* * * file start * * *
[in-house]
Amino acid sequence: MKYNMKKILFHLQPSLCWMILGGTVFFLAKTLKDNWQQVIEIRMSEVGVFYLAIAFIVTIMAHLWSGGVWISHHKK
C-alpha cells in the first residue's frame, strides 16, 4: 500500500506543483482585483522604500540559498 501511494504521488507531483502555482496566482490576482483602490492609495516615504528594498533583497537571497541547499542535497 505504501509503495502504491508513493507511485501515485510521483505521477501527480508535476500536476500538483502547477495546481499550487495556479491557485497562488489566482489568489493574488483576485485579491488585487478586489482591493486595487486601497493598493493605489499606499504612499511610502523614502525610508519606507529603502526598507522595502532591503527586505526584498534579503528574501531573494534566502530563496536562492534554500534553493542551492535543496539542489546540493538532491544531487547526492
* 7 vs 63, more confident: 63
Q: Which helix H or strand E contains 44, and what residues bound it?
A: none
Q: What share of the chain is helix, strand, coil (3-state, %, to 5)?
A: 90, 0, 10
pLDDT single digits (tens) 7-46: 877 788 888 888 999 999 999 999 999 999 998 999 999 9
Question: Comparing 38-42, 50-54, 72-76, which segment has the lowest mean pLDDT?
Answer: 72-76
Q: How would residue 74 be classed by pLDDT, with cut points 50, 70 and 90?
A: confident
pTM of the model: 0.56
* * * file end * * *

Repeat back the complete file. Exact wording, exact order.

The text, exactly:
[in-house]
Amino acid sequence: MKYNMKKILFHLQPSLCWMILGGTVFFLAKTLKDNWQQVIEIRMSEVGVFYLAIAFIVTIMAHLWSGGVWISHHKK
C-alpha cells in the first residue's frame, strides 16, 4: 500500500506543483482585483522604500540559498 501511494504521488507531483502555482496566482490576482483602490492609495516615504528594498533583497537571497541547499542535497 505504501509503495502504491508513493507511485501515485510521483505521477501527480508535476500536476500538483502547477495546481499550487495556479491557485497562488489566482489568489493574488483576485485579491488585487478586489482591493486595487486601497493598493493605489499606499504612499511610502523614502525610508519606507529603502526598507522595502532591503527586505526584498534579503528574501531573494534566502530563496536562492534554500534553493542551492535543496539542489546540493538532491544531487547526492
* 7 vs 63, more confident: 63
Q: Which helix H or strand E contains 44, and what residues bound it?
A: none
Q: What share of the chain is helix, strand, coil (3-state, %, to 5)?
A: 90, 0, 10
pLDDT single digits (tens) 7-46: 877 788 888 888 999 999 999 999 999 999 998 999 999 9
Question: Comparing 38-42, 50-54, 72-76, which segment has the lowest mean pLDDT?
Answer: 72-76
Q: How would residue 74 be classed by pLDDT, with cut points 50, 70 and 90?
A: confident
pTM of the model: 0.56